César Deschamps-Berger


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Estimating Fractional Snow Cover in Open Terrain from Sentinel-2 Using the Normalized Difference Snow Index
Simon Gascoin, Zacharie Barrou Dumont, César Deschamps-Berger, Florence Marti, Germain Salgues, Juan I. López‐Moreno, Jesús Revuelto, Timothée Michon, Paul Schattan, Olivier Hagolle
Remote Sensing, Volume 12, Issue 18

Sentinel-2 provides the opportunity to map the snow cover at unprecedented spatial and temporal resolutions on a global scale. Here we calibrate and evaluate a simple empirical function to estimate the fractional snow cover (FSC) in open terrains using the normalized difference snow index (NDSI) from 20 m resolution Sentinel-2 images. The NDSI is computed from flat surface reflectance after masking cloud and snow-free areas. The NDSI–FSC function is calibrated using Pléiades very high-resolution images and evaluated using independent datasets including SPOT 6/7 satellite images, time lapse camera photographs, terrestrial lidar scans and crowd-sourced in situ measurements. The calibration results show that the FSC can be represented with a sigmoid-shaped function 0.5 × tanh(a × NDSI + b) + 0.5, where a = 2.65 and b = −1.42, yielding a root mean square error (RMSE) of 25%. Similar RMSE are obtained with different evaluation datasets with a high topographic variability. With this function, we estimate that the confidence interval on the FSC retrievals is 38% at the 95% confidence level.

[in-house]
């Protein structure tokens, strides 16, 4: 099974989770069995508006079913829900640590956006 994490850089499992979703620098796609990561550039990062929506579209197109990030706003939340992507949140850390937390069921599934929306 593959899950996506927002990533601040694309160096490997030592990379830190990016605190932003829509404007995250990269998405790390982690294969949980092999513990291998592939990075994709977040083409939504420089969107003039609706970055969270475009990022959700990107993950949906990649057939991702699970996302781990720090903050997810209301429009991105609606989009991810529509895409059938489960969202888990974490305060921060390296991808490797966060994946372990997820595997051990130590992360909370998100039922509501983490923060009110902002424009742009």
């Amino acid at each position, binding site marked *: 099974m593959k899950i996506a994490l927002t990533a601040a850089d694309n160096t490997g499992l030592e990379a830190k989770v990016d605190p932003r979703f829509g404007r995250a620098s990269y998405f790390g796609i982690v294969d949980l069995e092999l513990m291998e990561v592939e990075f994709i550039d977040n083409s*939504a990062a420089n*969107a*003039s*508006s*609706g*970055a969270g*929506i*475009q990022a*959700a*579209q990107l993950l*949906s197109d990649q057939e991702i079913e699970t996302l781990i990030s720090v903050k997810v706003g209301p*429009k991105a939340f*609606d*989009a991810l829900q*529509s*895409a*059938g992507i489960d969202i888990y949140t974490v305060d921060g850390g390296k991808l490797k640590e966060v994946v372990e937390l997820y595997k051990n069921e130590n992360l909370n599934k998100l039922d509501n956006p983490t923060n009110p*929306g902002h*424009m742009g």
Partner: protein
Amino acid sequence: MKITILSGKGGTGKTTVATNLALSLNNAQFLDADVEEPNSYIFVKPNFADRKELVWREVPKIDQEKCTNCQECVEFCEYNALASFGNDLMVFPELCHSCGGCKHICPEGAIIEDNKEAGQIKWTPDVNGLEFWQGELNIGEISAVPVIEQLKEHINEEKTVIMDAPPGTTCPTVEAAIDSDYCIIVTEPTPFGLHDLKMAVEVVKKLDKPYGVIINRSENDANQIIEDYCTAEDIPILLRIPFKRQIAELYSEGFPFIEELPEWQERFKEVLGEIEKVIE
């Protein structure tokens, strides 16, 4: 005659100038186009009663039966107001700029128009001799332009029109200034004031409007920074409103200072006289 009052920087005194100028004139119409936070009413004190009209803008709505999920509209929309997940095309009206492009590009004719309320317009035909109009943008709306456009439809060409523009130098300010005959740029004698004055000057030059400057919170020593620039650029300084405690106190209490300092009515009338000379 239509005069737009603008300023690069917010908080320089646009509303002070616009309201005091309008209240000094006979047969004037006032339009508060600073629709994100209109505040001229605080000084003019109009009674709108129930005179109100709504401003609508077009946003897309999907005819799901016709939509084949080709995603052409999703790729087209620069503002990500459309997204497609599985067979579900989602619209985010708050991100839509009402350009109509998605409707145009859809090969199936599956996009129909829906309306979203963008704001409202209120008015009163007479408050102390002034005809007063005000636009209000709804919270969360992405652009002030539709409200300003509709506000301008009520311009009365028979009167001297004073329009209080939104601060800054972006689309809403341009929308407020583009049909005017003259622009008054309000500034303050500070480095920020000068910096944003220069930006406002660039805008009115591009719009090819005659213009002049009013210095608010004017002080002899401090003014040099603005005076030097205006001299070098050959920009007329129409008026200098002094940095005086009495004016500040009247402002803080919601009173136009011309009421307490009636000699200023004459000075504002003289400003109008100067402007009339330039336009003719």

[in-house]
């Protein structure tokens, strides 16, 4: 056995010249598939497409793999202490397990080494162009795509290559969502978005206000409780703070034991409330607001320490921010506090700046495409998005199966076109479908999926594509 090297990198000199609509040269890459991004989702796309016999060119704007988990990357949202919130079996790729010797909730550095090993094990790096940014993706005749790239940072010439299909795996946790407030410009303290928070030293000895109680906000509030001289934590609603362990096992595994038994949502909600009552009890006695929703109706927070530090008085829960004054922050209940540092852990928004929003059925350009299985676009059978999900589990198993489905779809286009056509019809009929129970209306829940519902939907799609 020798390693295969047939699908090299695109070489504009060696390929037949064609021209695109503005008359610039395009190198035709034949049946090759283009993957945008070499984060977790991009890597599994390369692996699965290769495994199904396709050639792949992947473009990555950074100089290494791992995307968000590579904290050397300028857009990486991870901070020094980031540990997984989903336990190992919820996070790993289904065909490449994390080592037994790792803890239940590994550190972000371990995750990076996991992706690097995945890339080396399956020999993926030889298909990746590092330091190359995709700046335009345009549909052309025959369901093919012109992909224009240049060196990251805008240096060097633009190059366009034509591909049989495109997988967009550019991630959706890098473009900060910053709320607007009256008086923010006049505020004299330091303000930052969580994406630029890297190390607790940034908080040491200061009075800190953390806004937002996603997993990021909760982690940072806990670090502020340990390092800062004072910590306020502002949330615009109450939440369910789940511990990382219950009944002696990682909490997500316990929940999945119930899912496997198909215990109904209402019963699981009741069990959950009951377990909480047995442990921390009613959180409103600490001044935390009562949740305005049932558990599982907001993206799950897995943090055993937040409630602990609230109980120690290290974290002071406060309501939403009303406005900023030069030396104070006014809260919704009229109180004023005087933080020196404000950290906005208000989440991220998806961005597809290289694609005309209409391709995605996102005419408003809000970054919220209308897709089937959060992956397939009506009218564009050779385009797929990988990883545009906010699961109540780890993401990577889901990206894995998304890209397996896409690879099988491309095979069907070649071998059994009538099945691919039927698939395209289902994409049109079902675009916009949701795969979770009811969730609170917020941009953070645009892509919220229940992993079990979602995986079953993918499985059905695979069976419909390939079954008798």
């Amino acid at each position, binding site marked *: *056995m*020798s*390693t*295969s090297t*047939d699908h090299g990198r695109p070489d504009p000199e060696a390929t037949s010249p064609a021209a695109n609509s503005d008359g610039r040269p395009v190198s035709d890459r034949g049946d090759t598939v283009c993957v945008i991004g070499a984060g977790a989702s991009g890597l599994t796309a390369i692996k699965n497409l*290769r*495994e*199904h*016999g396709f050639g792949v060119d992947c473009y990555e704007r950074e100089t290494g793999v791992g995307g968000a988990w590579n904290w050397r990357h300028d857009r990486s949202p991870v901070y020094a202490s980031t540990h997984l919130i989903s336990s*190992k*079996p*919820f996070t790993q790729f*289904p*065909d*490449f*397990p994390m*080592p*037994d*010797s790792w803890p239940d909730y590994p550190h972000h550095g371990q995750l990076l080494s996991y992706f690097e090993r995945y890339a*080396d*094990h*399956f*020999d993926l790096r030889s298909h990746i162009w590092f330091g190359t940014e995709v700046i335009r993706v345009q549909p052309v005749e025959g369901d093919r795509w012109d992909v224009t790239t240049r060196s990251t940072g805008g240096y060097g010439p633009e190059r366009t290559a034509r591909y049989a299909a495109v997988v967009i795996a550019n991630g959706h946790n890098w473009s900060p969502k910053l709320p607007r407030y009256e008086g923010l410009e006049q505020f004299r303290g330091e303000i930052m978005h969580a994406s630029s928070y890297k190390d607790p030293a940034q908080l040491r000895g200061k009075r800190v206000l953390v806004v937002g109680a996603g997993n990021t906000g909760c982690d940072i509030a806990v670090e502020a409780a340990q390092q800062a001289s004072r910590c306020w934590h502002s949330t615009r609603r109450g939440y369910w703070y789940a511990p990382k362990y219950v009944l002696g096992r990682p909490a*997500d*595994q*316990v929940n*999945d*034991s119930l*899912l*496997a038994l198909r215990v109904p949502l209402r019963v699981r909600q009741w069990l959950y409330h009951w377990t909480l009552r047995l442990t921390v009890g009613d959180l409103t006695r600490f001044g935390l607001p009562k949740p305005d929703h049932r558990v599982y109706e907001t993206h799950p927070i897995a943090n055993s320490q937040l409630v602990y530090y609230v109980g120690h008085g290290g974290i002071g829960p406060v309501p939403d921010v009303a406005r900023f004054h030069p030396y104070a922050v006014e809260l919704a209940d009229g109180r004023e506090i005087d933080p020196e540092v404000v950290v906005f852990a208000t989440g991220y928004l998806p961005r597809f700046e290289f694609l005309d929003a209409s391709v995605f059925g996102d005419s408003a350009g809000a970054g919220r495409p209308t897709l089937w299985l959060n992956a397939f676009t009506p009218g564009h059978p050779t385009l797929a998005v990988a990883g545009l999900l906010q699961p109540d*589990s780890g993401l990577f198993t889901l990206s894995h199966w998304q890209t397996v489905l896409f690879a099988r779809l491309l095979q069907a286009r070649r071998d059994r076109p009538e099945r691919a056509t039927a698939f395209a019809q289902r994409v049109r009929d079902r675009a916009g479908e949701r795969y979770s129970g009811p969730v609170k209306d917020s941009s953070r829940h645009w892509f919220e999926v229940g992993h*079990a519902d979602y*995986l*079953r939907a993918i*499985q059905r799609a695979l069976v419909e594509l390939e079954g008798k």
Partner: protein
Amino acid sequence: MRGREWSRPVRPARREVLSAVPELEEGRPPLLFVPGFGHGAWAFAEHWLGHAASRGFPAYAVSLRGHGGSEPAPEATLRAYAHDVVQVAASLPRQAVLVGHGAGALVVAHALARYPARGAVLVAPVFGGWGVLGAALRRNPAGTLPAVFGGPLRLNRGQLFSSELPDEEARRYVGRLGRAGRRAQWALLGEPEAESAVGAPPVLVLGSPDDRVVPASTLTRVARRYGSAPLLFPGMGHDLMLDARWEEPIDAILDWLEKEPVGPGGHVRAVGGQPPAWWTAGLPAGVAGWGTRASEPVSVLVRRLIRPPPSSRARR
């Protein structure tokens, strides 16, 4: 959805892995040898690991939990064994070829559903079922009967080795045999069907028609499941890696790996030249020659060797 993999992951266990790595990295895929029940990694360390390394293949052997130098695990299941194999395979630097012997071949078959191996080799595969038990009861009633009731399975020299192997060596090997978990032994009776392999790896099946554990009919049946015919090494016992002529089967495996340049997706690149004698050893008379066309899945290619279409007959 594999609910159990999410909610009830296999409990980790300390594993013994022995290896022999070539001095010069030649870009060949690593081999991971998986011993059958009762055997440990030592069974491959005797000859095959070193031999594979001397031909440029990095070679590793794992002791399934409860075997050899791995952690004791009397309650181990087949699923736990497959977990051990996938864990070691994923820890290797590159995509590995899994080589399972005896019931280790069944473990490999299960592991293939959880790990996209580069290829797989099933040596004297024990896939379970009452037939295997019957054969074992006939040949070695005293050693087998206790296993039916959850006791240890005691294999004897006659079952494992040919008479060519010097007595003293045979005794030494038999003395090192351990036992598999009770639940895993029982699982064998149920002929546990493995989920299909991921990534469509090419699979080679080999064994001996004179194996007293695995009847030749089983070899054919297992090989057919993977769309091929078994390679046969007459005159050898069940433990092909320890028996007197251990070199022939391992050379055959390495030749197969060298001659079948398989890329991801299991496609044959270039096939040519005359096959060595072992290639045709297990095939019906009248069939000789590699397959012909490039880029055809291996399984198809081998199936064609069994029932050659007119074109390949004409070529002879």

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Snow depth mapping from stereo satellite imagery in mountainous terrain: evaluation using airborne laser-scanning data
César Deschamps-Berger, Simon Gascoin, Étienne Berthier, J. S. Deems, E. D. Gutmann, Amaury Dehecq, David Shean, Marie Dumont
The Cryosphere, Volume 14, Issue 9

Abstract. Accurate knowledge of snow depth distributions in mountain catchments is critical for applications in hydrology and ecology. Recently, a method was proposed to map snow depth at meter-scale resolution from very-high-resolution stereo satellite imagery (e.g., Pléiades) with an accuracy close to 0.5 m. However, the validation was limited to probe measurements and unmanned aircraft vehicle (UAV) photogrammetry, which sampled a limited fraction of the topographic and snow depth variability. We improve upon this evaluation using accurate maps of the snow depth derived from Airborne Snow Observatory laser-scanning measurements in the Tuolumne river basin, USA. We find a good agreement between both datasets over a snow-covered area of 138 km2 on a 3 m grid, with a positive bias for a Pléiades snow depth of 0.08 m, a root mean square error of 0.80 m and a normalized median absolute deviation (NMAD) of 0.69 m. Satellite data capture the relationship between snow depth and elevation at the catchment scale and also small-scale features like snow drifts and avalanche deposits at a typical scale of tens of meters. The random error at the pixel level is lower in snow-free areas than in snow-covered areas, but it is reduced by a factor of 2 (NMAD of approximately 0.40 m for snow depth) when averaged to a 36 m grid. We conclude that satellite photogrammetry stands out as a convenient method to estimate the spatial distribution of snow depth in high mountain catchments.